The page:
I’ve already shared some examples of good practice shown by B & Q (here), and there are a number of other examples of the kind of actions they have taken to ensure greater inclusion of disabled employees. Here they are:
They continually monitor and adjust their recruitment processes to make them more accessible and inclusive. For example, their formal telephone interview has changed to a more informal conversation to help support candidates with stammers, anxiety, learning disabilities, Aspergers or Autism feel more comfortable and at ease.
They recently helped a candidate with hearing impairment through their recruitment process by resourcing and paying for an external BSL interpreter to attend their face to face interview in store.
They supported a customer advisor candidate who is autistic through the recruitment process from start to finish, making appropriate reasonable adjustments throughout – and they are now happily working in their new store in Friern Barnet.
They work in partnership with external providers such as Remploy and Shaw Trust in helping disabled people back to work via their B & Q Work Placement Scheme.
An employee had been off sick for a wile, and following meetings and home vidits, advisd that he had a visual impairment which was causing difficulties with his role. His return to work was suported by Visual Eyes (an organisation who provide technology to assist partially sighted and blind people). He was moved to another role which he loves, and is now one of the most helpful staff in the store. His colleagus think he could sell snow to eskimos!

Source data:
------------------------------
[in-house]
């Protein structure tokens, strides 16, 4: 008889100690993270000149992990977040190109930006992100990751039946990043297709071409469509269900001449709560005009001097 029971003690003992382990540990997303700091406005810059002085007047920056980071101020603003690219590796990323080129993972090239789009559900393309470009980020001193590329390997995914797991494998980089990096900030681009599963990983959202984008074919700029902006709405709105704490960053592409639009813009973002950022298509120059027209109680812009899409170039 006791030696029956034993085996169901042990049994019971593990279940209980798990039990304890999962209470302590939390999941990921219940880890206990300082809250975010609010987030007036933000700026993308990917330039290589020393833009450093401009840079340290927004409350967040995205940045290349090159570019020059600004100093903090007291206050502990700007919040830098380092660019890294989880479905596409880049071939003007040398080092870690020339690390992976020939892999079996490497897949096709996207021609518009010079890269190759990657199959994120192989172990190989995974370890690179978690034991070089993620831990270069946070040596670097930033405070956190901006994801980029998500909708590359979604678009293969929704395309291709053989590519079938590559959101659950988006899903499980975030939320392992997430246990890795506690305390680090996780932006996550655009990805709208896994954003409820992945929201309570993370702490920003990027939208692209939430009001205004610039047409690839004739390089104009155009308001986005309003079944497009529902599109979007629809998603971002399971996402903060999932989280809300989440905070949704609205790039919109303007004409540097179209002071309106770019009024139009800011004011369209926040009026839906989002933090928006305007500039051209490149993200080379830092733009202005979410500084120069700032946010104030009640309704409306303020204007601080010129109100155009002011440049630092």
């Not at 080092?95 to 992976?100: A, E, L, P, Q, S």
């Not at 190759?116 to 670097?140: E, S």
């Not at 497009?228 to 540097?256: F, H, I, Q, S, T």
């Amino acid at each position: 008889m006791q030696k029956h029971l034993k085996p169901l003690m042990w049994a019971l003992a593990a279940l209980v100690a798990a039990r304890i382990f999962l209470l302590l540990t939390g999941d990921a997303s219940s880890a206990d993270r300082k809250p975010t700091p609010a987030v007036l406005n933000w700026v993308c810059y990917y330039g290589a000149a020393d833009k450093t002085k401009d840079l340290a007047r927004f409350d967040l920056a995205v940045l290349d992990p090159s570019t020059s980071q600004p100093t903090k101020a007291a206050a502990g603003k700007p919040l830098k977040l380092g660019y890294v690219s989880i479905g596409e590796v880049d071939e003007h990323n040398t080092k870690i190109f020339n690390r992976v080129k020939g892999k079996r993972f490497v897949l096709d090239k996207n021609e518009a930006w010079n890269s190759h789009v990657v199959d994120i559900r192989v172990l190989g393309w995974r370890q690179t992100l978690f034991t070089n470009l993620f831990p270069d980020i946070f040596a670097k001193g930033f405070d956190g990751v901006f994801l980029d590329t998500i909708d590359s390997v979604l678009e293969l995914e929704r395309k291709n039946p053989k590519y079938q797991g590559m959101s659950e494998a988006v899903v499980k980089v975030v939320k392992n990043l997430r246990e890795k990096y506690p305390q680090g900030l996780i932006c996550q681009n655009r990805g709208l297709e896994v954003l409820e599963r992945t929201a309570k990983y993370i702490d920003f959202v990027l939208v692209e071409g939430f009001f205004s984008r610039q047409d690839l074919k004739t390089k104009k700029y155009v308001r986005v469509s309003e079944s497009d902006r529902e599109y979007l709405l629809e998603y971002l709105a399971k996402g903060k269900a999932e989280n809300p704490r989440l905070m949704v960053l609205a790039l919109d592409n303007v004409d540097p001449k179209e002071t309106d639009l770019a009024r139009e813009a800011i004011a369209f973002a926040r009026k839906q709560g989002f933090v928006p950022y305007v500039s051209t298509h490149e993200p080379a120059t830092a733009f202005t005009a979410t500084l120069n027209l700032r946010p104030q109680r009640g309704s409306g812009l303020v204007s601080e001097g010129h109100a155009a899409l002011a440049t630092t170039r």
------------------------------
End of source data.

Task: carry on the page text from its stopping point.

Reasonable adjustments can be as simple as changing working hours. A disabled employee needed her working hours to fit in with hours her carer works, and her driver is available, so her hours were changed to 2.00pm to 6.00pm which suited everyone. Similarly an employee with MS was able to change her working days so she could have a rest day after each working day as well as reducing her contracted hours.
Another helpful initiative has been a phased return to work policy after sick leave, enabling employees to return to lighter duties or fewer hours. This has proved to be successful for both B & Q and the employee.
These initiatives are all fairly simple, and generally not expensive, and they allow B & Q to attract and retain the best talent, regardless of any disabilities they may have. This has the additional bonus that more disabled people are likely to apply, knowing that their application will be taken seriously, thereby making it easer for B & Q to gain the benefits of a diverse workforce.
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